Knitting patterns are a little like recipes. They're designed to be followed as written, but sometimes you need to alter the ingredients or instructions for your own purposes. We all know that knitting patterns sometimes don't fit perfectly. Maybe your gauge is off or you are using a thicker or thinner yarn. The interesting thing about knitting is that it's an extremely personal hobby and there's no right way, but many wrong ways of doing something. We are here to discuss a few tips for altering a knitting pattern.
If your garment is wearable, take body measurements including bust, waist, and hips. Measuring from neckline to hemline can also help the end product to be perfect. Account for what type of fit the garment will have. Will it be a loose fit or a bit more form-fitting? All of these factors will be considered when it is time to adjust the knitting pattern. You can measure an existing garment with the proper fit to make measuring easier. If the garment is a blanket or scarf or hat, know exactly what size you want the measurements. This is not a time to "wing it."
Determine Your Gauge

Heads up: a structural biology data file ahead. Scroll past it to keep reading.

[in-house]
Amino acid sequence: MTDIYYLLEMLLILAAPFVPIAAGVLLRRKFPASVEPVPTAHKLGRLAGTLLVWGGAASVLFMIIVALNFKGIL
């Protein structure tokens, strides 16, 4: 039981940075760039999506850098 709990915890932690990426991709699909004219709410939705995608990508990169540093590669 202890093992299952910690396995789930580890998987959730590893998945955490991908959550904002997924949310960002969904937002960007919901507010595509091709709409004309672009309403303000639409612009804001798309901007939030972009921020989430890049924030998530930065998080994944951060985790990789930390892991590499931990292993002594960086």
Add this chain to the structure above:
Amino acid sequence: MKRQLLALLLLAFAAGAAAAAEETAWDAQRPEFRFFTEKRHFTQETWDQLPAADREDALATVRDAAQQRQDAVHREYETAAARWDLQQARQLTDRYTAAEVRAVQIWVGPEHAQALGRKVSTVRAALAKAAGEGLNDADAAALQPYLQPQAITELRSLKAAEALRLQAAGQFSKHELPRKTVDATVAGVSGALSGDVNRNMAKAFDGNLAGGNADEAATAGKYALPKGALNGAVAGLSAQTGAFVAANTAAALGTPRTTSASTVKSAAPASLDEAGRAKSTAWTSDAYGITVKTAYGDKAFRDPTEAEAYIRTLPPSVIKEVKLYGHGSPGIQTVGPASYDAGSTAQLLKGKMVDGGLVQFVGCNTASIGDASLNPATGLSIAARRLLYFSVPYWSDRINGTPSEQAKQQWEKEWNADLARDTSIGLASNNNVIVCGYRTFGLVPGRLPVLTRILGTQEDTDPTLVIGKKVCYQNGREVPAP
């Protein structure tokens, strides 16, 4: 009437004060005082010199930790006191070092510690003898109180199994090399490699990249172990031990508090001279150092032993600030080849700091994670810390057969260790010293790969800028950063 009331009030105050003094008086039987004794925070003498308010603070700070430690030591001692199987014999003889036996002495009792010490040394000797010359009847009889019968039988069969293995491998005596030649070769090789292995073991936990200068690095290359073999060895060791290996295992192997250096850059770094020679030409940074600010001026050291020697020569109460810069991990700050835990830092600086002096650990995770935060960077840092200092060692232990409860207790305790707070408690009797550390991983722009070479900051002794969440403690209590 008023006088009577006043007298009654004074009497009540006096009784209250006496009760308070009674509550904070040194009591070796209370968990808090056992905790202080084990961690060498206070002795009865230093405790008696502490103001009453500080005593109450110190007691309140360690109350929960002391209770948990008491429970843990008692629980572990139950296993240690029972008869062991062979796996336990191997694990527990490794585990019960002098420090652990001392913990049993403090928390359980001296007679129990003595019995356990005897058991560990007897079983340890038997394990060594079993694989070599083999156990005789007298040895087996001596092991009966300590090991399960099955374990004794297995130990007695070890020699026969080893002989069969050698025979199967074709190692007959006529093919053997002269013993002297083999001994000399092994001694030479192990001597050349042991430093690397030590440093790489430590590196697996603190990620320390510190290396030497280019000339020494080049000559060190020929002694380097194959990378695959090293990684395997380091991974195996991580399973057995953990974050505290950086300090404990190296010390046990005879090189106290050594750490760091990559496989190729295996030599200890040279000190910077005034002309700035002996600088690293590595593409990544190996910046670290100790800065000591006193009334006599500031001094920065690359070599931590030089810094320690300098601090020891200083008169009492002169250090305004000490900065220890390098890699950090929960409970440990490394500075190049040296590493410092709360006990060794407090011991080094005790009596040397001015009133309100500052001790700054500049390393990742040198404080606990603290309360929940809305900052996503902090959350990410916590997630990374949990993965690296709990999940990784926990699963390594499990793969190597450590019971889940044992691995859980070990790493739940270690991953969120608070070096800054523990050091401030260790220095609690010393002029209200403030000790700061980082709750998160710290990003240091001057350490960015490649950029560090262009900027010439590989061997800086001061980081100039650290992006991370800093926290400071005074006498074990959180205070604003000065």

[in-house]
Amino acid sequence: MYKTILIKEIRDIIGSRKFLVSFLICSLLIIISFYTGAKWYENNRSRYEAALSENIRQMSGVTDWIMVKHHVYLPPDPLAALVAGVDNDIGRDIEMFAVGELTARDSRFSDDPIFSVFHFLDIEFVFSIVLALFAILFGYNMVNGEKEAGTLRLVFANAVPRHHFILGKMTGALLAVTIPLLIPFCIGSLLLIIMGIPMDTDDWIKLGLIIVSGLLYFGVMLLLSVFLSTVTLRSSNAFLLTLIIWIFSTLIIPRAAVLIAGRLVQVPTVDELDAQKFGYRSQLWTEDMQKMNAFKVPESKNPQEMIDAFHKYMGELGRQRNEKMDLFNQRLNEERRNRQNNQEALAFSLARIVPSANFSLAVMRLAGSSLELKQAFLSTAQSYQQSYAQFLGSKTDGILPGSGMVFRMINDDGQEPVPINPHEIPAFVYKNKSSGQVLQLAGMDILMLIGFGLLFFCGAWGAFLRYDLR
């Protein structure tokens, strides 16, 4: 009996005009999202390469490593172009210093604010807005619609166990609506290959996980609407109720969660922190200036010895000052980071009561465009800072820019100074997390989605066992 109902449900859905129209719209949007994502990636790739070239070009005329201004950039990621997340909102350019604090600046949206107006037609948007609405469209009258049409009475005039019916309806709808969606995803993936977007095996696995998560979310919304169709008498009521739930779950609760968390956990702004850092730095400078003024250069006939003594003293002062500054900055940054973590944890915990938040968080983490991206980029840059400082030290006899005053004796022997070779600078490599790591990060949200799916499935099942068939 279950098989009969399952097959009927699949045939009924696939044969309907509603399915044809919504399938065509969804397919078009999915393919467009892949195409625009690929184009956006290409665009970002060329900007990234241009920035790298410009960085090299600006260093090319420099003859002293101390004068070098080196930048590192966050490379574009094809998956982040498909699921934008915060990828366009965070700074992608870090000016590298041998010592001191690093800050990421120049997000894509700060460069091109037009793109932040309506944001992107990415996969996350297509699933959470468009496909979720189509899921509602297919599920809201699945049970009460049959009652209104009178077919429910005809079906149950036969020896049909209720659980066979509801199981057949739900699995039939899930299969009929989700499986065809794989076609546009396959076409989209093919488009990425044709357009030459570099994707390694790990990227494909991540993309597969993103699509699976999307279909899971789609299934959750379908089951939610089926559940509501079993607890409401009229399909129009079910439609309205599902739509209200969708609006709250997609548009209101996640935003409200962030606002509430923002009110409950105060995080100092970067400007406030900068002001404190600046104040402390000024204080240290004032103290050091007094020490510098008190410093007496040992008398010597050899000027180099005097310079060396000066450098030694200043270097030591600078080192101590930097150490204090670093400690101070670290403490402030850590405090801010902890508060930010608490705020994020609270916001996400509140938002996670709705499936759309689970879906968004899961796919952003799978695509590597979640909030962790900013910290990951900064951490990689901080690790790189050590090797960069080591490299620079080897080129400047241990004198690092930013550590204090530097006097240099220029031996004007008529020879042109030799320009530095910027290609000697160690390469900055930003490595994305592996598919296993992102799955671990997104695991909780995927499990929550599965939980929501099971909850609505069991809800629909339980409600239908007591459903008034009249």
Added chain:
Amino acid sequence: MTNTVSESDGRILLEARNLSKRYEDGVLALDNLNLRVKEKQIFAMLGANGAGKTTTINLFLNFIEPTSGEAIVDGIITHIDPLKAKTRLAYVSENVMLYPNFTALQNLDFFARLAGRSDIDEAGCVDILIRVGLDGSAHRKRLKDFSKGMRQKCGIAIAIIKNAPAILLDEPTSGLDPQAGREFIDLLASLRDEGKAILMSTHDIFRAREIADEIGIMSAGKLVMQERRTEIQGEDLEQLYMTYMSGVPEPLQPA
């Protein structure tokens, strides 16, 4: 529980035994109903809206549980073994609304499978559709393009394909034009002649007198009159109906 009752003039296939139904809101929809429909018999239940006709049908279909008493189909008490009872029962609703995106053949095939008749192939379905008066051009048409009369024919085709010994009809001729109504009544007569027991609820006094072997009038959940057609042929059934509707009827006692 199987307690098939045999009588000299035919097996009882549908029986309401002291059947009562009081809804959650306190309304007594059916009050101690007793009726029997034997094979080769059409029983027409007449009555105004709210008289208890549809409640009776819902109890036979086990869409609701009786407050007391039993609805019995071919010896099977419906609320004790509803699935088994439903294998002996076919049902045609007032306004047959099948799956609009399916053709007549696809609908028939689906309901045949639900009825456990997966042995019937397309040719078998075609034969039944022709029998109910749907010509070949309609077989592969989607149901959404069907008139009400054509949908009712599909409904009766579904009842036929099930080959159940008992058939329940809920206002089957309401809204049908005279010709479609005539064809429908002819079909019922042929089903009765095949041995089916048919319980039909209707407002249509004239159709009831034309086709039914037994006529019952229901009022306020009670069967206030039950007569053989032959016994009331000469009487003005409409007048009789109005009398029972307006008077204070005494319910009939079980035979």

Even if you don't often knit swatches (you should), you will need to knit a swatch if you plan to alter a knitting pattern. It is imperative that you determine your gauge so that you can calculate correct alterations. If you use a different yarn, it will affect the pattern instructions, so a swatch is necessary. Depending on your stitch, your alteration could be as simple as dividing your 4-inch gauge by 4 so that you know how many stitches per inch you are knitting. You then multiply it out based on how many inches your garment needs to be and how many stitches to cast on. Don't cut corners here or your finished project will reflect that.
Once you know how many stitches to cast on, you will need to adjust the rest of the knitting pattern. If the pattern calls for a bind off, decrease, or any direction that involves a specific number of stitches, these will need to be altered accordingly. Armholes, neckline, and length are a few of the areas that require adjustment to achieve the perfect fit.
Since you are going rogue on this knitting project, be sure to take notes so that you can refer back to the changes you have made. Here are a few reasons why taking notes is important:
If you make a mistake, you can refer to your notes to help you make a correction.
When you want to knit the same project again, the alteration work will already be done.
Your alteration number can be used to make alterations on future projects.
Once you adjust a few patterns, determining the stitch counts and applying it to the garment will become easier. If making your own adjustments still feels too difficult, reach out to the pattern creator. Many times, they are willing to help.
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